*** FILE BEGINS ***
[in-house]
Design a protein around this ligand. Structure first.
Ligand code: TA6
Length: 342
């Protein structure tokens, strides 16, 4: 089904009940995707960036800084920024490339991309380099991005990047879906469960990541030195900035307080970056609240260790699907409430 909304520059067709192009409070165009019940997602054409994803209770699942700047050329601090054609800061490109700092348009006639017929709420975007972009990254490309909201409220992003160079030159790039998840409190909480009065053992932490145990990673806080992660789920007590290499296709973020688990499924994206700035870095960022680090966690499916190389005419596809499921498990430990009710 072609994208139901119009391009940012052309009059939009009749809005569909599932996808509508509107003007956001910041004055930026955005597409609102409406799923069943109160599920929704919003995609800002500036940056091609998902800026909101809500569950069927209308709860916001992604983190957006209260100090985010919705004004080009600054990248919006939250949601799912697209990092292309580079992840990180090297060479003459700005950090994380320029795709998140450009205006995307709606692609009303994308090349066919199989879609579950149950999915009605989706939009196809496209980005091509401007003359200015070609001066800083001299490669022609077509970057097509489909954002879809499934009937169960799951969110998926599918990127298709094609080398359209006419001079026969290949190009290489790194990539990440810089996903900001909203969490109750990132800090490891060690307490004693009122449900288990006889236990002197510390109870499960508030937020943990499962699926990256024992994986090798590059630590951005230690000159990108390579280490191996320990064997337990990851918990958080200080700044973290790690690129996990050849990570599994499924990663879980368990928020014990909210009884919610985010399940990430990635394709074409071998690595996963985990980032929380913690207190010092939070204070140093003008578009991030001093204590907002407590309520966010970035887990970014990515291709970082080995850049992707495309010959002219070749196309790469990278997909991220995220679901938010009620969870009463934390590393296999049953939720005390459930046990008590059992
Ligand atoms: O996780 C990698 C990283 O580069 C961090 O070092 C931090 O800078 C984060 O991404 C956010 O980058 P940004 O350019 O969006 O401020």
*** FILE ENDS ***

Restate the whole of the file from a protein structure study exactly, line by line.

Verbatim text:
[in-house]
Design a protein around this ligand. Structure first.
Ligand code: TA6
Length: 342
């Protein structure tokens, strides 16, 4: 089904009940995707960036800084920024490339991309380099991005990047879906469960990541030195900035307080970056609240260790699907409430 909304520059067709192009409070165009019940997602054409994803209770699942700047050329601090054609800061490109700092348009006639017929709420975007972009990254490309909201409220992003160079030159790039998840409190909480009065053992932490145990990673806080992660789920007590290499296709973020688990499924994206700035870095960022680090966690499916190389005419596809499921498990430990009710 072609994208139901119009391009940012052309009059939009009749809005569909599932996808509508509107003007956001910041004055930026955005597409609102409406799923069943109160599920929704919003995609800002500036940056091609998902800026909101809500569950069927209308709860916001992604983190957006209260100090985010919705004004080009600054990248919006939250949601799912697209990092292309580079992840990180090297060479003459700005950090994380320029795709998140450009205006995307709606692609009303994308090349066919199989879609579950149950999915009605989706939009196809496209980005091509401007003359200015070609001066800083001299490669022609077509970057097509489909954002879809499934009937169960799951969110998926599918990127298709094609080398359209006419001079026969290949190009290489790194990539990440810089996903900001909203969490109750990132800090490891060690307490004693009122449900288990006889236990002197510390109870499960508030937020943990499962699926990256024992994986090798590059630590951005230690000159990108390579280490191996320990064997337990990851918990958080200080700044973290790690690129996990050849990570599994499924990663879980368990928020014990909210009884919610985010399940990430990635394709074409071998690595996963985990980032929380913690207190010092939070204070140093003008578009991030001093204590907002407590309520966010970035887990970014990515291709970082080995850049992707495309010959002219070749196309790469990278997909991220995220679901938010009620969870009463934390590393296999049953939720005390459930046990008590059992
Ligand atoms: O996780 C990698 C990283 O580069 C961090 O070092 C931090 O800078 C984060 O991404 C956010 O980058 P940004 O350019 O969006 O401020």